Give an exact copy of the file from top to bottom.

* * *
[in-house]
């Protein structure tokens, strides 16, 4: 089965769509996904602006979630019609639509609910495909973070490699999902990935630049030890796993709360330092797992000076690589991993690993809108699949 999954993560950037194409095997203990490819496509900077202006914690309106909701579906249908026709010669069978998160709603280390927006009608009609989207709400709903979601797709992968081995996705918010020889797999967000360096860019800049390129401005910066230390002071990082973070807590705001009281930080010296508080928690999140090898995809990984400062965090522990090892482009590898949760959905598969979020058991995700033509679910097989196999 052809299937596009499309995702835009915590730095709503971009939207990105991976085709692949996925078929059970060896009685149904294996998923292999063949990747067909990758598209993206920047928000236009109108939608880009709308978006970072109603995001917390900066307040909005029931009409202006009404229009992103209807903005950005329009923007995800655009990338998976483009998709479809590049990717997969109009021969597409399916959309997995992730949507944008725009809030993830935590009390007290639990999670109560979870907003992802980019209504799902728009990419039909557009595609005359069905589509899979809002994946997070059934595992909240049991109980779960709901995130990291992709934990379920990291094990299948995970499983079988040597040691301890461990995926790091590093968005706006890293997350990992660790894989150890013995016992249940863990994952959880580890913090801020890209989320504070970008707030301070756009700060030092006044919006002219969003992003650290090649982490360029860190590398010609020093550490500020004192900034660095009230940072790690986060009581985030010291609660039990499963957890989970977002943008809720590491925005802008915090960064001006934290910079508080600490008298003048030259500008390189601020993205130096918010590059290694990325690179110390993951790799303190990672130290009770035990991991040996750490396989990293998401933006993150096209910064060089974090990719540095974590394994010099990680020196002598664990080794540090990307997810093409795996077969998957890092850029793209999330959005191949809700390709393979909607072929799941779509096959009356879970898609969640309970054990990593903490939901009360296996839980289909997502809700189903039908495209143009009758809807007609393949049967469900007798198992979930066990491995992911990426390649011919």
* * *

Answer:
[in-house]
């Protein structure tokens, strides 16, 4: 089965769509996904602006979630019609639509609910495909973070490699999902990935630049030890796993709360330092797992000076690589991993690993809108699949 999954993560950037194409095997203990490819496509900077202006914690309106909701579906249908026709010669069978998160709603280390927006009608009609989207709400709903979601797709992968081995996705918010020889797999967000360096860019800049390129401005910066230390002071990082973070807590705001009281930080010296508080928690999140090898995809990984400062965090522990090892482009590898949760959905598969979020058991995700033509679910097989196999 052809299937596009499309995702835009915590730095709503971009939207990105991976085709692949996925078929059970060896009685149904294996998923292999063949990747067909990758598209993206920047928000236009109108939608880009709308978006970072109603995001917390900066307040909005029931009409202006009404229009992103209807903005950005329009923007995800655009990338998976483009998709479809590049990717997969109009021969597409399916959309997995992730949507944008725009809030993830935590009390007290639990999670109560979870907003992802980019209504799902728009990419039909557009595609005359069905589509899979809002994946997070059934595992909240049991109980779960709901995130990291992709934990379920990291094990299948995970499983079988040597040691301890461990995926790091590093968005706006890293997350990992660790894989150890013995016992249940863990994952959880580890913090801020890209989320504070970008707030301070756009700060030092006044919006002219969003992003650290090649982490360029860190590398010609020093550490500020004192900034660095009230940072790690986060009581985030010291609660039990499963957890989970977002943008809720590491925005802008915090960064001006934290910079508080600490008298003048030259500008390189601020993205130096918010590059290694990325690179110390993951790799303190990672130290009770035990991991040996750490396989990293998401933006993150096209910064060089974090990719540095974590394994010099990680020196002598664990080794540090990307997810093409795996077969998957890092850029793209999330959005191949809700390709393979909607072929799941779509096959009356879970898609969640309970054990990593903490939901009360296996839980289909997502809700189903039908495209143009009758809807007609393949049967469900007798198992979930066990491995992911990426390649011919």